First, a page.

Rolando and I spent the weekend in Sandestin celebrating our anniversary. We always find time to celebrate in our own subdued way. For most of our marriage, we’ve gone camping or rented a cabin in the Smokey Mountains where we hiked, slept in late, and I went without makeup.
This year, we didn’t have as much time, so we booked a condo at Sandestin. We’ve never been here before. It’s beautiful with its pristine putting greens and multi-colored golf carts. The sidewalks are edged to perfection–not one errant blade of grass anywhere.
While we relaxed and had a good time, we knew a high-end resort is simply not us. We’re nature people. When we go casual, it’s jeans not resort wear.
I’m kind of in a writing funk because my latest book, Mud Holes and Magnolias: Lessons on Faith from Mama’s Stories, launched this past week–quietly, on Mama’s birthday, October 24th. More will come on this over the next few weeks…
This project took quite a bit of time and energy, so this week the writing feels like slogging through the muck.
But…I’m still mesmerized by the old photos I dug through (like the one at the top) during the book project and thought I’d ask y’all to ponder this question, “Where or when was I the happiest?”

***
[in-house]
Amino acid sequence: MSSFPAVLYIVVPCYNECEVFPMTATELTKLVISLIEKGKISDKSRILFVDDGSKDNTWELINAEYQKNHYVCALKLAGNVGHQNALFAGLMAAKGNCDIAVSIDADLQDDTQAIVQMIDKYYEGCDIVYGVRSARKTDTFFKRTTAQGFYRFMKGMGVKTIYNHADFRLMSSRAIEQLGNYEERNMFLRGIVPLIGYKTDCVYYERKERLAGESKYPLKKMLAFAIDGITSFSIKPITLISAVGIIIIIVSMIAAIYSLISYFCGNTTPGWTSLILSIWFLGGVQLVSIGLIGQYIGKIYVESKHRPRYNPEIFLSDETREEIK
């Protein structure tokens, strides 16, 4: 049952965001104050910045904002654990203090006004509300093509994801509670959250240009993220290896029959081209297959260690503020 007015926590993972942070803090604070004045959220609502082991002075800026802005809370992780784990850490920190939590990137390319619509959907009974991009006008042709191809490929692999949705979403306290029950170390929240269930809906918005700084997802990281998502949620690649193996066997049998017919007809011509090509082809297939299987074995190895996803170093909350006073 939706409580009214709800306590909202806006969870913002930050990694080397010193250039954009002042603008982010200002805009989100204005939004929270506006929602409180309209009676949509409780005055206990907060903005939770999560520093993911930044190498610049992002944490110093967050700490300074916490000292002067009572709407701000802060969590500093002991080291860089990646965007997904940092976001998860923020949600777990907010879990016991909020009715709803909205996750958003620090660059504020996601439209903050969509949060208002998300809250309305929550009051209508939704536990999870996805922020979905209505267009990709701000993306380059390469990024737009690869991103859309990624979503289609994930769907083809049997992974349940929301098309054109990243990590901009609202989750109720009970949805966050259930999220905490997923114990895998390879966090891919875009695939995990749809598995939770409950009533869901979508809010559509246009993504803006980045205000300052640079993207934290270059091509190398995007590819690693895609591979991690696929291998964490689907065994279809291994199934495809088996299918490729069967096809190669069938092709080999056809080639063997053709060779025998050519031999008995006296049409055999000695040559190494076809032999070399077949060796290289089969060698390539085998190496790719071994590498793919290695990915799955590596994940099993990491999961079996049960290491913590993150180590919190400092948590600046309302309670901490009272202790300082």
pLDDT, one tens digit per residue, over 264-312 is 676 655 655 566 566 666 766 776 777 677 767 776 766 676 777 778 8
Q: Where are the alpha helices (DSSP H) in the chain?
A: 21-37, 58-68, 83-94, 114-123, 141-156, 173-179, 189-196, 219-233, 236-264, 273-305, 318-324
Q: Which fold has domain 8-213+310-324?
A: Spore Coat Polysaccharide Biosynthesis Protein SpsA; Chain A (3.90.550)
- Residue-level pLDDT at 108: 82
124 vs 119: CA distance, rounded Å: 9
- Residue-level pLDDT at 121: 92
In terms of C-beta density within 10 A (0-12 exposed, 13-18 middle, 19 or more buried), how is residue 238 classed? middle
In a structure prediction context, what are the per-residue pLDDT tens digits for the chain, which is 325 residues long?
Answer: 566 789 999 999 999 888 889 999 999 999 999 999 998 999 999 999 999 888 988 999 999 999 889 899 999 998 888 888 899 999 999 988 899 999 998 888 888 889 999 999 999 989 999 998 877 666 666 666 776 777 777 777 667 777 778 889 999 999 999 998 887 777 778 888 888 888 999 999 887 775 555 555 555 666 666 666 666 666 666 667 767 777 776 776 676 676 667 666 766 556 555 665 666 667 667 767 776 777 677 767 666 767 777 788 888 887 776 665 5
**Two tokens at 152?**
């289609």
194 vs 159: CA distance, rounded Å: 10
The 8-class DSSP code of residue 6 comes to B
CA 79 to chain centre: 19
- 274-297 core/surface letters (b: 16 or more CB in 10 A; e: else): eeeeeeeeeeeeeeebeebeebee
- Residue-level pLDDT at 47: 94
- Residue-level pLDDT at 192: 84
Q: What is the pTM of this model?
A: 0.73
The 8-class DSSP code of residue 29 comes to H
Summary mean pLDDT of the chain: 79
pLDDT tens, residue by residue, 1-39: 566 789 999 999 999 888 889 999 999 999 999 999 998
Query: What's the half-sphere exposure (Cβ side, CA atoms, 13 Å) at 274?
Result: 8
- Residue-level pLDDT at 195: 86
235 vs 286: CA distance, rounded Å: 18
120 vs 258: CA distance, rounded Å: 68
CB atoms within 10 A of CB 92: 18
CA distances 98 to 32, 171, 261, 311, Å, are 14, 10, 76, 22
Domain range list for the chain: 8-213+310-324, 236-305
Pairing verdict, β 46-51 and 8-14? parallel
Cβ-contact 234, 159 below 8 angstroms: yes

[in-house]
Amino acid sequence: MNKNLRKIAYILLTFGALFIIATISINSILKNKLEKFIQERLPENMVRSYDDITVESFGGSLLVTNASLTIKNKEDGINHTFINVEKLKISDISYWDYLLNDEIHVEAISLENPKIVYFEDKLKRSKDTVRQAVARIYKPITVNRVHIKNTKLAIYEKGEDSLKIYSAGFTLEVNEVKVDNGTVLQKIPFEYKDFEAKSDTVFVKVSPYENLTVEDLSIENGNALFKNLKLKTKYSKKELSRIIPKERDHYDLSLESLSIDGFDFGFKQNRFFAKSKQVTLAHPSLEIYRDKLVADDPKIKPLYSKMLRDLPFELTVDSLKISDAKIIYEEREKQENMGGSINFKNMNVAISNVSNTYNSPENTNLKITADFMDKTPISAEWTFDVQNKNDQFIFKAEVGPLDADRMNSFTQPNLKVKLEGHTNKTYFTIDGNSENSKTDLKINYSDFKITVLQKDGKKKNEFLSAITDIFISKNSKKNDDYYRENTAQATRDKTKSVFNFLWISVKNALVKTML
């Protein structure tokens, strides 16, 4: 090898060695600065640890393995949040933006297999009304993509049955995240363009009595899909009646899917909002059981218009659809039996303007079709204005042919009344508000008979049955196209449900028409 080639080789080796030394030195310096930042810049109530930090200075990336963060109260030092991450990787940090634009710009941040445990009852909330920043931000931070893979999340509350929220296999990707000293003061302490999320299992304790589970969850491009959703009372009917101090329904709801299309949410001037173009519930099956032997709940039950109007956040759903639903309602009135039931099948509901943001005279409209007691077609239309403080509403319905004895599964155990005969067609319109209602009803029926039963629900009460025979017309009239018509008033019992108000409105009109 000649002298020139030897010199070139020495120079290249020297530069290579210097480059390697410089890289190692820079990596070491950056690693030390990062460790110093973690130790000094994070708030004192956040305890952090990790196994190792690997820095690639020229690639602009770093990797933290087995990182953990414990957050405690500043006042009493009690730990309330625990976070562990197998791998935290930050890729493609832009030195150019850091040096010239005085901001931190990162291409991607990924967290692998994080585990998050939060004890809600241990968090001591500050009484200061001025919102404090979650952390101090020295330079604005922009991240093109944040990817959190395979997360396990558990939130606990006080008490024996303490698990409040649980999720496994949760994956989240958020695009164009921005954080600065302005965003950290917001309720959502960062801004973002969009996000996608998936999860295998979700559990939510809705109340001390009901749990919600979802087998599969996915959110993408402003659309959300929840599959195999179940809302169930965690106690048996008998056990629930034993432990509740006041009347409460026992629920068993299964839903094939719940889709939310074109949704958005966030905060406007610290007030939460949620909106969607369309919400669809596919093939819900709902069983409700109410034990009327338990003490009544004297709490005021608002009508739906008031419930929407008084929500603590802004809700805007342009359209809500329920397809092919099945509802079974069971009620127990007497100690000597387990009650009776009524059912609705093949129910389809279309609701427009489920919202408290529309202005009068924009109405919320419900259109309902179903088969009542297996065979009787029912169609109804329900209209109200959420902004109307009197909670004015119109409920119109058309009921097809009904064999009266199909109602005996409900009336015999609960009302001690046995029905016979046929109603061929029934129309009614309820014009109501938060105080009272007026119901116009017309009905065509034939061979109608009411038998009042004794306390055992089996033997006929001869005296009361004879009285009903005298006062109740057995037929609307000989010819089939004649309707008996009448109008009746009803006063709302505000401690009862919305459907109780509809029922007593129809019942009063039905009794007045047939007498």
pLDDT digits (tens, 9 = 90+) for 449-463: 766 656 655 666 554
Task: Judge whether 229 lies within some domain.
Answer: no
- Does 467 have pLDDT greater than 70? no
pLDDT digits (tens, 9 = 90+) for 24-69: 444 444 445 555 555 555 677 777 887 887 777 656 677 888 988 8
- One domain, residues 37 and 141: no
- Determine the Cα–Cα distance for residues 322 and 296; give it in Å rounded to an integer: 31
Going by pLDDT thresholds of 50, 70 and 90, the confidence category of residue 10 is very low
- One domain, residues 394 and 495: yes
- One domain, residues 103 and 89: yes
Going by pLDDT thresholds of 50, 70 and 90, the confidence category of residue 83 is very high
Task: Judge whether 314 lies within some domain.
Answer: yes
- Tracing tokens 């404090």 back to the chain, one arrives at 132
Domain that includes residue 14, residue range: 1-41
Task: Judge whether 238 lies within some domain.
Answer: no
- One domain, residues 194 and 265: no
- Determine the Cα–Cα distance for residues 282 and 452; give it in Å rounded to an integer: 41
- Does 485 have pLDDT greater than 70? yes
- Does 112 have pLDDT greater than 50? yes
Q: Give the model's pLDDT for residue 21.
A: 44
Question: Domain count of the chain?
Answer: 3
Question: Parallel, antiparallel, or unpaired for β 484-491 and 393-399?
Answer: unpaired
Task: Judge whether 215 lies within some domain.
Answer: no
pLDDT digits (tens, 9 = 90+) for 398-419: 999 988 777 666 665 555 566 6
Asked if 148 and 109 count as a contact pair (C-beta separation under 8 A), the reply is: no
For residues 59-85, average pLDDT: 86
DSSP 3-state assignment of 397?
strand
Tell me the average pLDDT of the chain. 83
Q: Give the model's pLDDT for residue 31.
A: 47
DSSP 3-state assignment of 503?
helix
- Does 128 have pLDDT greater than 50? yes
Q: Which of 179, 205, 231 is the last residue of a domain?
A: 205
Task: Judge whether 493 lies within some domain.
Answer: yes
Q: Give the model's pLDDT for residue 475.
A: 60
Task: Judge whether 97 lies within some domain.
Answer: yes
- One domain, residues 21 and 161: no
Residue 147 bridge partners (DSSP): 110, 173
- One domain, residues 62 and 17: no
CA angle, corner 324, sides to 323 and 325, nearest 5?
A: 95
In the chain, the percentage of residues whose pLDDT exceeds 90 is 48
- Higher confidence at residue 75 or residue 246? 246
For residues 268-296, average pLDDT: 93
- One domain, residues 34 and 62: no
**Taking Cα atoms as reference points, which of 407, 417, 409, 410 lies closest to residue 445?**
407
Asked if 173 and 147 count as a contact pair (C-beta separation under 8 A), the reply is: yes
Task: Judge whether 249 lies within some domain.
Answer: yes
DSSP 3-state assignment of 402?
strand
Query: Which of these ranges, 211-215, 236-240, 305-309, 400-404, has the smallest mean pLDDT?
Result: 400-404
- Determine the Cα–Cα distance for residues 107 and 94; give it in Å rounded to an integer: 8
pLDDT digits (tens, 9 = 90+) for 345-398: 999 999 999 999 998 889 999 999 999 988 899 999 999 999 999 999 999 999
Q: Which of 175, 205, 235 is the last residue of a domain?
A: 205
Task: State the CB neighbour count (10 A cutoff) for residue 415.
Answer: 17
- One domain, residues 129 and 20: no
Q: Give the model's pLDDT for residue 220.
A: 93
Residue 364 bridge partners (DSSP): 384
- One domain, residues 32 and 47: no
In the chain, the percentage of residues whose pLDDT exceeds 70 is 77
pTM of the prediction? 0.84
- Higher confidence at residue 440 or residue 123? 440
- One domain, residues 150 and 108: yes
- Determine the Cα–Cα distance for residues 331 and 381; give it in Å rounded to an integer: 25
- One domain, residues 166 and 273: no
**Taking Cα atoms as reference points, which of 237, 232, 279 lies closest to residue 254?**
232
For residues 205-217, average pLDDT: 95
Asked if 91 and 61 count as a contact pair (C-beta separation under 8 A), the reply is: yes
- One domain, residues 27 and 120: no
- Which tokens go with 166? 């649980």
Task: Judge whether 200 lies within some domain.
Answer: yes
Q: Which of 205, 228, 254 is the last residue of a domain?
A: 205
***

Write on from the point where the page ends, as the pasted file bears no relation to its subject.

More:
For me, it was when I was in late elementary school, before those dreaded junior high days of contrast and comparison. Before I realized fully what I didn’t have and began the game we all play–keeping up with the Joneses.
The featured picture is me at the cusp of the crossover into the comparison game. It took quite a few years for me to be comfortable in my own skin. Okay being me.
Me preferring Winn-Dixie to Publix, boots over heels, casual never formal, and the outdoors and competition over pretty much anything, except books.
I was labeled a tomboy and, from the old picture, I’m sure you’d agree. I’m not Lady Diana and, while I loved her, I never wanted to be on a pedestal, worshiped and envied.
I ended up being much like my Great Grandmother Ellzey (in the picture)–a woman of substance over style. Someone who could survive hardship and still smile. A woman who loved her family more than all the diamonds in the world.
How about you? Where is that place where you were the most you? When you answer that question, you may find you can work less and cut back because you’re chasing something that, when you catch it, won’t satisfy.
You may be aiming for Sandestin when a log cabin in south Alabama will do you just fine.
My encouragement for you this week is to be comfortable with who you really are and spend little time trying to become someone else.